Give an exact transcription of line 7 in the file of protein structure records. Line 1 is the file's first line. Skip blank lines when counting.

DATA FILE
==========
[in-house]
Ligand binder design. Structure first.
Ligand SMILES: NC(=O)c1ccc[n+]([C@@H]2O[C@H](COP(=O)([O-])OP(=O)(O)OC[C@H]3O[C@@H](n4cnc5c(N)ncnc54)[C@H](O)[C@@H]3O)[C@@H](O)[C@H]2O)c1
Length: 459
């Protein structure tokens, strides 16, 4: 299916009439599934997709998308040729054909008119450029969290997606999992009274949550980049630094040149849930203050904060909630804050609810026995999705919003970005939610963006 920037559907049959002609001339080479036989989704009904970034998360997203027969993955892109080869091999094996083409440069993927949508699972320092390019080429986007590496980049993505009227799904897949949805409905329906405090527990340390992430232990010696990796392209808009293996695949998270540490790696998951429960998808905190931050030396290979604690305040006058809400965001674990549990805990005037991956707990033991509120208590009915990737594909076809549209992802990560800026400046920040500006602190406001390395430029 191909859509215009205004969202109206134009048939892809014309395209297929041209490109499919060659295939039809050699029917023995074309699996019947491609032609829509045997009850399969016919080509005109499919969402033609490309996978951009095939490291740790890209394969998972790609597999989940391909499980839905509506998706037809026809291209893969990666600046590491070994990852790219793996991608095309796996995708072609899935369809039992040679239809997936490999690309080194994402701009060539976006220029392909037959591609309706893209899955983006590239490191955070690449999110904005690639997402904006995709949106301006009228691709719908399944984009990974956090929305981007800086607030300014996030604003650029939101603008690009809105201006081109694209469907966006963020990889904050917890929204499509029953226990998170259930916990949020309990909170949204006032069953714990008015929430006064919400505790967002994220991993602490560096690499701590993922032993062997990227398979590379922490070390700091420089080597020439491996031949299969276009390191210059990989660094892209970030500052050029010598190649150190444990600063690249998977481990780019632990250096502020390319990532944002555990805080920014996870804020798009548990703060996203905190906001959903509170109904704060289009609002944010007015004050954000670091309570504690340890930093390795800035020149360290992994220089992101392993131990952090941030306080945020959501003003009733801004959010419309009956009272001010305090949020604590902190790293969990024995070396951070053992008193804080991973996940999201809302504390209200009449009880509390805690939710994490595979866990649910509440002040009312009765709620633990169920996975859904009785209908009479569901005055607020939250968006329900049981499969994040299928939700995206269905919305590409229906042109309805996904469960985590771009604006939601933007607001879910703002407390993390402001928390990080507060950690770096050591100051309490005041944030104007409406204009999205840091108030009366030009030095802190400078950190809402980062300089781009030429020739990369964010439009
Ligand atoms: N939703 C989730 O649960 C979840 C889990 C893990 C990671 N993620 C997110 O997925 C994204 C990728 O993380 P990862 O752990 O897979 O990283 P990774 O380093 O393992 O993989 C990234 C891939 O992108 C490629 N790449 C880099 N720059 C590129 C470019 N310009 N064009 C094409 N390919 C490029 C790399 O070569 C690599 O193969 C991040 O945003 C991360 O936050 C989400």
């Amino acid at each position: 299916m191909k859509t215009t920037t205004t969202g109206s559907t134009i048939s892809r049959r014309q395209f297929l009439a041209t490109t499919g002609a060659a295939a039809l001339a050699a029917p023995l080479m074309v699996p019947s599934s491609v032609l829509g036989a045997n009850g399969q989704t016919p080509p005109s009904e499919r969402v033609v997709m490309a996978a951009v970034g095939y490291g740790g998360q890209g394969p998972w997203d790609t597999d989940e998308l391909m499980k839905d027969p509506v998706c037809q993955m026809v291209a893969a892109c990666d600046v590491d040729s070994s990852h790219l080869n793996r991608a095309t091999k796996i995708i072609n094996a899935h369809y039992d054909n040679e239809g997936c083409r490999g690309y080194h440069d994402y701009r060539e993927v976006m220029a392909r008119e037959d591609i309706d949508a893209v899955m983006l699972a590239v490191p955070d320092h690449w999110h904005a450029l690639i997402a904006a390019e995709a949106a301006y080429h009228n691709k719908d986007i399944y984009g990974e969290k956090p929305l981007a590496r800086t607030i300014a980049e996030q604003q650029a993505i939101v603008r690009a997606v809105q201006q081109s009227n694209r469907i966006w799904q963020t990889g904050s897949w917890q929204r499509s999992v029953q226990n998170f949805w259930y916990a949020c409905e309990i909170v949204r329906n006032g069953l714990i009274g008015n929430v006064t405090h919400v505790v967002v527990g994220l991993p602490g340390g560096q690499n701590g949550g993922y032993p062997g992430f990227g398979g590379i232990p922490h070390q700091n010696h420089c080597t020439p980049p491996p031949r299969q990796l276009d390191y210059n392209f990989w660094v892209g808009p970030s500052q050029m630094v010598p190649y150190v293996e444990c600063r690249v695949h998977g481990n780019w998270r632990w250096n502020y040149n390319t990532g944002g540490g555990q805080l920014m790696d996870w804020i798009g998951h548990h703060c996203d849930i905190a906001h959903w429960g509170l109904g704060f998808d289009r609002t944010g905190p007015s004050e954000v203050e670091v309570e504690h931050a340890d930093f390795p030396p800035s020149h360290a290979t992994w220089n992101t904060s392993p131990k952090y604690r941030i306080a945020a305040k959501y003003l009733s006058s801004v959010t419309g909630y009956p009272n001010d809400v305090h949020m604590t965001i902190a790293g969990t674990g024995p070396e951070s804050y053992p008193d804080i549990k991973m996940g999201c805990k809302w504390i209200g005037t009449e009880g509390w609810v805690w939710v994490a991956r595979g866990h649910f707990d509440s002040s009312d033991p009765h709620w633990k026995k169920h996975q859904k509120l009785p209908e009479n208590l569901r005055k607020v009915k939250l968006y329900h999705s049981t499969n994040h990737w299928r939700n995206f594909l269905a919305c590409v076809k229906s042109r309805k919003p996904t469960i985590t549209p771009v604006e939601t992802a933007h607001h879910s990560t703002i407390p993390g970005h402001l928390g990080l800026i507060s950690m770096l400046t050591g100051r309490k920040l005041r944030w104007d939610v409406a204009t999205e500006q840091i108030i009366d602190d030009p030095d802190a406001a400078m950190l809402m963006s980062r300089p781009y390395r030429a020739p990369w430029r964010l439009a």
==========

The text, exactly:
């Amino acid at each position: 299916m191909k859509t215009t920037t205004t969202g109206s559907t134009i048939s892809r049959r014309q395209f297929l009439a041209t490109t499919g002609a060659a295939a039809l001339a050699a029917p023995l080479m074309v699996p019947s599934s491609v032609l829509g036989a045997n009850g399969q989704t016919p080509p005109s009904e499919r969402v033609v997709m490309a996978a951009v970034g095939y490291g740790g998360q890209g394969p998972w997203d790609t597999d989940e998308l391909m499980k839905d027969p509506v998706c037809q993955m026809v291209a893969a892109c990666d600046v590491d040729s070994s990852h790219l080869n793996r991608a095309t091999k796996i995708i072609n094996a899935h369809y039992d054909n040679e239809g997936c083409r490999g690309y080194h440069d994402y701009r060539e993927v976006m220029a392909r008119e037959d591609i309706d949508a893209v899955m983006l699972a590239v490191p955070d320092h690449w999110h904005a450029l690639i997402a904006a390019e995709a949106a301006y080429h009228n691709k719908d986007i399944y984009g990974e969290k956090p929305l981007a590496r800086t607030i300014a980049e996030q604003q650029a993505i939101v603008r690009a997606v809105q201006q081109s009227n694209r469907i966006w799904q963020t990889g904050s897949w917890q929204r499509s999992v029953q226990n998170f949805w259930y916990a949020c409905e309990i909170v949204r329906n006032g069953l714990i009274g008015n929430v006064t405090h919400v505790v967002v527990g994220l991993p602490g340390g560096q690499n701590g949550g993922y032993p062997g992430f990227g398979g590379i232990p922490h070390q700091n010696h420089c080597t020439p980049p491996p031949r299969q990796l276009d390191y210059n392209f990989w660094v892209g808009p970030s500052q050029m630094v010598p190649y150190v293996e444990c600063r690249v695949h998977g481990n780019w998270r632990w250096n502020y040149n390319t990532g944002g540490g555990q805080l920014m790696d996870w804020i798009g998951h548990h703060c996203d849930i905190a906001h959903w429960g509170l109904g704060f998808d289009r609002t944010g905190p007015s004050e954000v203050e670091v309570e504690h931050a340890d930093f390795p030396p800035s020149h360290a290979t992994w220089n992101t904060s392993p131990k952090y604690r941030i306080a945020a305040k959501y003003l009733s006058s801004v959010t419309g909630y009956p009272n001010d809400v305090h949020m604590t965001i902190a790293g969990t674990g024995p070396e951070s804050y053992p008193d804080i549990k991973m996940g999201c805990k809302w504390i209200g005037t009449e009880g509390w609810v805690w939710v994490a991956r595979g866990h649910f707990d509440s002040s009312d033991p009765h709620w633990k026995k169920h996975q859904k509120l009785p209908e009479n208590l569901r005055k607020v009915k939250l968006y329900h999705s049981t499969n994040h990737w299928r939700n995206f594909l269905a919305c590409v076809k229906s042109r309805k919003p996904t469960i985590t549209p771009v604006e939601t992802a933007h607001h879910s990560t703002i407390p993390g970005h402001l928390g990080l800026i507060s950690m770096l400046t050591g100051r309490k920040l005041r944030w104007d939610v409406a204009t999205e500006q840091i108030i009366d602190d030009p030095d802190a406001a400078m950190l809402m963006s980062r300089p781009y390395r030429a020739p990369w430029r964010l439009a």